Each time you pick an event, you must also choose an offer from a team to race for during that season. Teams will set different conditions - you might be required, for example, to place at least fourth in the team standings - which, if met, will net you a wad of XP. Coming in a miserable fifth won't halt your progress, however, you just won't earn as much and your offers for the next season won't be quite as good. Similarly, do well or exceed expectations and you'll find better offers on the table next time around.

As well as the team targets, there are also six sponsor objectives each season which include things like improving on your lap time during a race or finishing without any collisions. Tick the box for any of these and you'll earn more XP, and there are further bonuses for setting the fastest lap, beating your rival, and restricting yourself to in-car views (yes, it's back, thankfully).

"Whereas Grid 2's handling was bold and brash, Autosport's is more about refinement."

With so many ways to gather XP, the focus is pleasingly shifted away from podium finishes, as even coming last will contribute to your career progress. Which is a relief given how ferocious your opponents are.

Autosport doesn't wait around for you and, assuming you leave the difficulty level on its default medium setting, the effort involved in overtaking just one car, let alone the whole field, may come as something of a shock. But thanks to the non-punitive career design and the sheer thrill of racing against AI that appears to want to win (or at least come 13th) as much as you do, the steep learning curve never frustrates.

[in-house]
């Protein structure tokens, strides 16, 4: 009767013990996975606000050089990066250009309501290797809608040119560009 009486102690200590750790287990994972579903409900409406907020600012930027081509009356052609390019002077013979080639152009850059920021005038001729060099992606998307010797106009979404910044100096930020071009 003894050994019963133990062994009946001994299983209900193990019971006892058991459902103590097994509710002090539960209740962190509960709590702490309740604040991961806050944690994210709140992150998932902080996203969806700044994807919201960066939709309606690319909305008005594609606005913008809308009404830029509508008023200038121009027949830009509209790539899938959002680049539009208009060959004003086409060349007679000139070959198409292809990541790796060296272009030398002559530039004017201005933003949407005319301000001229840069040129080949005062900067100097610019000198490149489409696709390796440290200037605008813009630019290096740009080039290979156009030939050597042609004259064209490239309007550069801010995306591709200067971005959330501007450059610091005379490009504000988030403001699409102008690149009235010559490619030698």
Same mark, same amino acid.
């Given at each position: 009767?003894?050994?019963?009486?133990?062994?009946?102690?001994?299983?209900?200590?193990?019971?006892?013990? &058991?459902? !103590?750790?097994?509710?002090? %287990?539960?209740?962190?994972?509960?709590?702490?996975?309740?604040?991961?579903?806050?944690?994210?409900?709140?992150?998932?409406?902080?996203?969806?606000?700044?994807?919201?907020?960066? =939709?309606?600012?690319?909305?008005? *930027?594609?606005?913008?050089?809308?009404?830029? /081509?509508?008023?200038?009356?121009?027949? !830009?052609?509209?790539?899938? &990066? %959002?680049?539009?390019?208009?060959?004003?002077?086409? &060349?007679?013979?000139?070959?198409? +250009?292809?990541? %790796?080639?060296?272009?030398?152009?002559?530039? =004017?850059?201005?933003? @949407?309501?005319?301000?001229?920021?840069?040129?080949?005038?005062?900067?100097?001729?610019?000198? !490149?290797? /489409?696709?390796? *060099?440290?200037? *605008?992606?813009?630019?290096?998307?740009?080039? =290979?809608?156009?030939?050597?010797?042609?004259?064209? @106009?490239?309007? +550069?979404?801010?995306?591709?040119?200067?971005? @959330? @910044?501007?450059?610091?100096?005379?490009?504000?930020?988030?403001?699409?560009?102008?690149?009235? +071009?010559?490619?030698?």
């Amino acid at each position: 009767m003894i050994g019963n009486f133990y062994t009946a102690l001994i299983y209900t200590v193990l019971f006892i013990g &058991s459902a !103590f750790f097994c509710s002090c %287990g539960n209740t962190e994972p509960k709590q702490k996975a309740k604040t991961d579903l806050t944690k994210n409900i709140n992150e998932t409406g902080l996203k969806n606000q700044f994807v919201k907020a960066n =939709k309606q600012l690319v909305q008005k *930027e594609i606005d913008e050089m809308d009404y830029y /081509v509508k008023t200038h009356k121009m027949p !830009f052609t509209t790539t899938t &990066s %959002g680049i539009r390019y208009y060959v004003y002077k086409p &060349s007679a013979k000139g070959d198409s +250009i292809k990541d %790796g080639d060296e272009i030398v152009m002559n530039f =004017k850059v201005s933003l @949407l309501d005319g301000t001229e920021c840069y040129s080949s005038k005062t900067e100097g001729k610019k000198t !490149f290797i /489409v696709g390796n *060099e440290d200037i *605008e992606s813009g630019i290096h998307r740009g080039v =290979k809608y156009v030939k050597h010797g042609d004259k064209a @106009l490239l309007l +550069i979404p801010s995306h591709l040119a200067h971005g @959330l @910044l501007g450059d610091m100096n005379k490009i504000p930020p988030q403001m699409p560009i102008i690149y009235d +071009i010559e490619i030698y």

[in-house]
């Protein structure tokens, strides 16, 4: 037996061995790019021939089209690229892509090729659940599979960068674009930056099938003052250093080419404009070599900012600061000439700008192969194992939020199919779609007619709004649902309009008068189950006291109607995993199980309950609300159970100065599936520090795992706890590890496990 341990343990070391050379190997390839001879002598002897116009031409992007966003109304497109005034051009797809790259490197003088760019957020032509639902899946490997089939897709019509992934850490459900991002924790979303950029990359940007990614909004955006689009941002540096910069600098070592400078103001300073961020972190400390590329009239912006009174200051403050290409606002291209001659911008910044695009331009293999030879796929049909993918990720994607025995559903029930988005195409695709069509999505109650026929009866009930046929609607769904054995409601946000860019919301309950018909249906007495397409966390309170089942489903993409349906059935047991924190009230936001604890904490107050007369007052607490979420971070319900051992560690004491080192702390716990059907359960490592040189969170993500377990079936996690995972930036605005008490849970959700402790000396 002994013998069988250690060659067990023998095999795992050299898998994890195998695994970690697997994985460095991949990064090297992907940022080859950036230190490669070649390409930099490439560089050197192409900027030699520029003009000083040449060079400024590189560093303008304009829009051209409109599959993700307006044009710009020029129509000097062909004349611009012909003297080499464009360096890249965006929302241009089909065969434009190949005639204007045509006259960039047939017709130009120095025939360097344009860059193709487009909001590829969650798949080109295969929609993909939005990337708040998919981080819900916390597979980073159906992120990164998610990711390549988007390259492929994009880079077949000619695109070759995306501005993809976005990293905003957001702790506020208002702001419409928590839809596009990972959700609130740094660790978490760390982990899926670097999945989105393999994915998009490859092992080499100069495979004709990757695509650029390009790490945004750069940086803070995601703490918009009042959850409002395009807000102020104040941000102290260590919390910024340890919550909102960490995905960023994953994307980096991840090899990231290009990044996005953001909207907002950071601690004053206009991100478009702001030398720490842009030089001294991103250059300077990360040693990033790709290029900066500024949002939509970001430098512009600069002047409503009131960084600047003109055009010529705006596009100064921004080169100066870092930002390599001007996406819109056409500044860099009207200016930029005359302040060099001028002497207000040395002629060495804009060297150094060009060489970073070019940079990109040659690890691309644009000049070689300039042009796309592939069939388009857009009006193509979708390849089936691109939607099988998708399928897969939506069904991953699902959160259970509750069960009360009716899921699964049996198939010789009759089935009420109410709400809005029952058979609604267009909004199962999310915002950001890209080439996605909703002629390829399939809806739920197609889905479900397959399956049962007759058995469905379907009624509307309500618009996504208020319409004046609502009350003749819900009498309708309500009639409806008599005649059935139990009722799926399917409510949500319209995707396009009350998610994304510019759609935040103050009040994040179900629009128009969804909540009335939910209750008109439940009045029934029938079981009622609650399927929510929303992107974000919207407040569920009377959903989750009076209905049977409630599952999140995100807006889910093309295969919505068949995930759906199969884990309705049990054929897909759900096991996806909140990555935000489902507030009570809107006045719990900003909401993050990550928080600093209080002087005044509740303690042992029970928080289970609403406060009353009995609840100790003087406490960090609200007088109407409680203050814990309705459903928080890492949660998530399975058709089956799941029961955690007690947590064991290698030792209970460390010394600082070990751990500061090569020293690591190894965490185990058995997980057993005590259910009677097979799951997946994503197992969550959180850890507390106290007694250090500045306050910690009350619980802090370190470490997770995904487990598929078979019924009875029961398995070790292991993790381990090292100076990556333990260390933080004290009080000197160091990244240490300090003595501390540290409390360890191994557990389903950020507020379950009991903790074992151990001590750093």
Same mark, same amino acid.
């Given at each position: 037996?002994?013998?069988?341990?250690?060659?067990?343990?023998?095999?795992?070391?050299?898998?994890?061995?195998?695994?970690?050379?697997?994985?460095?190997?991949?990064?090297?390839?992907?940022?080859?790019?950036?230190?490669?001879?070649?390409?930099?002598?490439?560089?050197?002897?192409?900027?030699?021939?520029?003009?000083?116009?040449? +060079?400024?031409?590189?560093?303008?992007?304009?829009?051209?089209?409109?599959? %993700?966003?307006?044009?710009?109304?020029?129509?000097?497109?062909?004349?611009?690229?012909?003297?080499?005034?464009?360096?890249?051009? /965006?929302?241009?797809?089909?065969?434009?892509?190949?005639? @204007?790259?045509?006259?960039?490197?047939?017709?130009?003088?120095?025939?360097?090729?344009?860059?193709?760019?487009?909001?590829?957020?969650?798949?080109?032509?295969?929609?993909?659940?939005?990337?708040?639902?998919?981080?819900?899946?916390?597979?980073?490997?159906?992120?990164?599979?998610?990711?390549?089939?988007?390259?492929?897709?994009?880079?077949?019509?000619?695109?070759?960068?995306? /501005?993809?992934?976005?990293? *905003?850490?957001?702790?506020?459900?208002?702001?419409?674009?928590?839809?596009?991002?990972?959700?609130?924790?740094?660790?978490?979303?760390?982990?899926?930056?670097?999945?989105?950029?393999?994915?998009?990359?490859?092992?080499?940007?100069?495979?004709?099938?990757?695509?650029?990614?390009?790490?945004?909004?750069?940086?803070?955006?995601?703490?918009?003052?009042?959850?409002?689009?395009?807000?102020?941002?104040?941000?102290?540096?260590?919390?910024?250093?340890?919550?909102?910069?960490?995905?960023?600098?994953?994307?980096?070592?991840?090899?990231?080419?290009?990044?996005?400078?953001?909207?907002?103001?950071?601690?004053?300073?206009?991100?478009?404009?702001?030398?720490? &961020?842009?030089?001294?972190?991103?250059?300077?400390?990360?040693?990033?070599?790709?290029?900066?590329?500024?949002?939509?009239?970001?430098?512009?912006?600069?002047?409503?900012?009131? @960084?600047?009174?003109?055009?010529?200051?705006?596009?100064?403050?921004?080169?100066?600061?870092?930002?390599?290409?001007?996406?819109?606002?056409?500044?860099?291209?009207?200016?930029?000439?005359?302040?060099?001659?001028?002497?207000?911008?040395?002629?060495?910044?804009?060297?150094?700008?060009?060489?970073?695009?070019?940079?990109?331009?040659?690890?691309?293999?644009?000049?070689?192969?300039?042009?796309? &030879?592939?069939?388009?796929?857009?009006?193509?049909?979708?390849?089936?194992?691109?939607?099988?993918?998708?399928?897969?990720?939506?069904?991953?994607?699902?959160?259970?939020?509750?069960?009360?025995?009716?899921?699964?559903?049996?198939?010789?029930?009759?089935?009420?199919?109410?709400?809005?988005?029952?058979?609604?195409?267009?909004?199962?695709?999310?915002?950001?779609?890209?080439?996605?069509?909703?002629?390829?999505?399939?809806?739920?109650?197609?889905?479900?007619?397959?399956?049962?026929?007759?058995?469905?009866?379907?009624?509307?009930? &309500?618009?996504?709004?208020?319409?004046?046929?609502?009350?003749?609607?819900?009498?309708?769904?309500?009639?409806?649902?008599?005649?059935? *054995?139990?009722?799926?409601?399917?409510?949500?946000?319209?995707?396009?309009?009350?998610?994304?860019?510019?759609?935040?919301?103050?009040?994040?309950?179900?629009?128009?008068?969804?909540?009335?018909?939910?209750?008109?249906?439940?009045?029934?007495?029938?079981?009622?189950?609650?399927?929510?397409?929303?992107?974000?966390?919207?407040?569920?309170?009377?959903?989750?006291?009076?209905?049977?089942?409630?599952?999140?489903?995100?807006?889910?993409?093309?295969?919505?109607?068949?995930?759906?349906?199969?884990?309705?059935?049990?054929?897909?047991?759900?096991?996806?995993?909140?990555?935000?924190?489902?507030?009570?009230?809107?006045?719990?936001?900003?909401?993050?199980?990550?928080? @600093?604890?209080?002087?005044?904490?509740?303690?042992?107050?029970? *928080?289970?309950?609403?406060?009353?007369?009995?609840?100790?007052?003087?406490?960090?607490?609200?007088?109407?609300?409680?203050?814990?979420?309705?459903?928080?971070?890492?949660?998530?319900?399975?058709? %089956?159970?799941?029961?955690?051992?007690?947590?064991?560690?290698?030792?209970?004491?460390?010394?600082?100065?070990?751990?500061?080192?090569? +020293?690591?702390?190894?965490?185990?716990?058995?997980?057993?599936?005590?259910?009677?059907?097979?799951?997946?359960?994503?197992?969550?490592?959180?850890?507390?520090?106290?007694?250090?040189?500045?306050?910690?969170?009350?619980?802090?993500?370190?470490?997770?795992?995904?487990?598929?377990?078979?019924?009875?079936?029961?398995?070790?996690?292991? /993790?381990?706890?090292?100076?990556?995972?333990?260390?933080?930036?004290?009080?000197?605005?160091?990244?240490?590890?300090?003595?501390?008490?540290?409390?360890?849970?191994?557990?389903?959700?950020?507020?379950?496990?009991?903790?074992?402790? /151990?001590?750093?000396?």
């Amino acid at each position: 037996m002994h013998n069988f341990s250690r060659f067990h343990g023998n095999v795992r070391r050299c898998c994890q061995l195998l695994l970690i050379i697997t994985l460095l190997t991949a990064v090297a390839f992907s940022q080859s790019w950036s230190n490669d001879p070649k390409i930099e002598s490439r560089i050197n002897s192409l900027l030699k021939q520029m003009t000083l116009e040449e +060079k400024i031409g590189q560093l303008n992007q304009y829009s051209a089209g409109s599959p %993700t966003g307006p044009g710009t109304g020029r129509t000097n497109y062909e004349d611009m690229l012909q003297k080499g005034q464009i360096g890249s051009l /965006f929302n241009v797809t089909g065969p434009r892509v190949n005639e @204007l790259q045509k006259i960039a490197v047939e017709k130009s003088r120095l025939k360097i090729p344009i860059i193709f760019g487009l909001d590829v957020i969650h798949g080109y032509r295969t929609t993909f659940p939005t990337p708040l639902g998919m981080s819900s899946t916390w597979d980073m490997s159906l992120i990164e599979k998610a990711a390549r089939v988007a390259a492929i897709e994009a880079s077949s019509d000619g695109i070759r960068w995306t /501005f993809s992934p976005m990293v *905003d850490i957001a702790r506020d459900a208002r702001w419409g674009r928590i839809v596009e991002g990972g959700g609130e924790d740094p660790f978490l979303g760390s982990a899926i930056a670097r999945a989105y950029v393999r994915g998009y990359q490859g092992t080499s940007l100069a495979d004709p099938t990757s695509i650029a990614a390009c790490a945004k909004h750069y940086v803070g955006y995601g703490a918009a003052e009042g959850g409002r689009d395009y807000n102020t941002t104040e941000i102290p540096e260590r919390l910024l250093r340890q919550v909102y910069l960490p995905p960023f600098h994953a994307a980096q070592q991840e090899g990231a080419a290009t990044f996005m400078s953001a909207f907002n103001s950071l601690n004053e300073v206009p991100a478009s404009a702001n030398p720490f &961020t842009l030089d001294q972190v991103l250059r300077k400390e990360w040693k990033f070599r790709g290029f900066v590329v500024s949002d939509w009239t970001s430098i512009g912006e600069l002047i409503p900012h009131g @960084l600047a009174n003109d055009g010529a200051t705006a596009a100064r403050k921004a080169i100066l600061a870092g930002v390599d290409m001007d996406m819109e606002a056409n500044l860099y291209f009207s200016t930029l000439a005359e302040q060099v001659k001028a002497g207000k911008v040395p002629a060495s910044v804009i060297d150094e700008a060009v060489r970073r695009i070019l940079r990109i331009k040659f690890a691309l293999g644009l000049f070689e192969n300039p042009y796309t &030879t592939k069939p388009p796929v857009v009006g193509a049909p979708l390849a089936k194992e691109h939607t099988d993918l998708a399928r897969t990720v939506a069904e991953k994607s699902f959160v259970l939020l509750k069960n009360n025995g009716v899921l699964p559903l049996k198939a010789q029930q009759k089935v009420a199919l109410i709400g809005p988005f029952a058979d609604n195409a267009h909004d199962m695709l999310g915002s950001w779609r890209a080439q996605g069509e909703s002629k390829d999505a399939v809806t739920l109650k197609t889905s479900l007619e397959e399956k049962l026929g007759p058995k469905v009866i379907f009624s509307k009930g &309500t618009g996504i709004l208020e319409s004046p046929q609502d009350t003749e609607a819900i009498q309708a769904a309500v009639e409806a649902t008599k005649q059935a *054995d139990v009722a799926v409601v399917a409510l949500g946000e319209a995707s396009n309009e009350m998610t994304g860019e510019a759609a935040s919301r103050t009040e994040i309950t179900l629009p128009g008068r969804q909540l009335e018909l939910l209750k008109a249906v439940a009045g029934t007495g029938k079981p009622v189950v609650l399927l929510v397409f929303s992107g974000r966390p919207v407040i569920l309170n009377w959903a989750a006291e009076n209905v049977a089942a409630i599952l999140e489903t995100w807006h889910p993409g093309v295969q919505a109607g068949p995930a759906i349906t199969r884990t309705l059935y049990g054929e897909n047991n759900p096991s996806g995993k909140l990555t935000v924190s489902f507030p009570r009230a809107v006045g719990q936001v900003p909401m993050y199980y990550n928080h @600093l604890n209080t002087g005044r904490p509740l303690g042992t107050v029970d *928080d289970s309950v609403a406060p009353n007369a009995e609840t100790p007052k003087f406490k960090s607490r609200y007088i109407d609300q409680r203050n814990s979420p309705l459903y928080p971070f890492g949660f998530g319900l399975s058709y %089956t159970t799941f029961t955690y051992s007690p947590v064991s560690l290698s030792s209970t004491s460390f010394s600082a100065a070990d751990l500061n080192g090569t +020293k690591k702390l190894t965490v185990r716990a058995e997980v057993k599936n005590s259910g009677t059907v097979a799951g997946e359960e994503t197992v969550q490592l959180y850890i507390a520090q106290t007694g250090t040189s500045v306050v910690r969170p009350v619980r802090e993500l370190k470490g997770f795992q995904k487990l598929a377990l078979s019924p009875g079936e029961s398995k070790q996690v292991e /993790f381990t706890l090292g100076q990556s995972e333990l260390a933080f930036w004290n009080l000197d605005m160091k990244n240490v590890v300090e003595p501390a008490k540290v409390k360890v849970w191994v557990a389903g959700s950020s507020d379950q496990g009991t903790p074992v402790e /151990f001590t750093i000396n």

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Autosport doesn't patronise you, which, in a genre that regularly sees you so far ahead of the pack on the final lap that you may as well be driving a time trial, is as refreshing as opening your helmet visor at 180mph (though with fewer bugs in your teeth).

But while the AI is an undeniably pleasing opponent, it's not entirely free of flies. The pushy driving style fits well with Touring and Street events, as you nudge and barge your way through the pack that responds in kind. But in Endurance and Open Wheel events, while other drivers are noticeably less aggressive, there are still too many instances of suicidal defensive manoeuvres in situations where a human driver would check their mirrors and concede a position.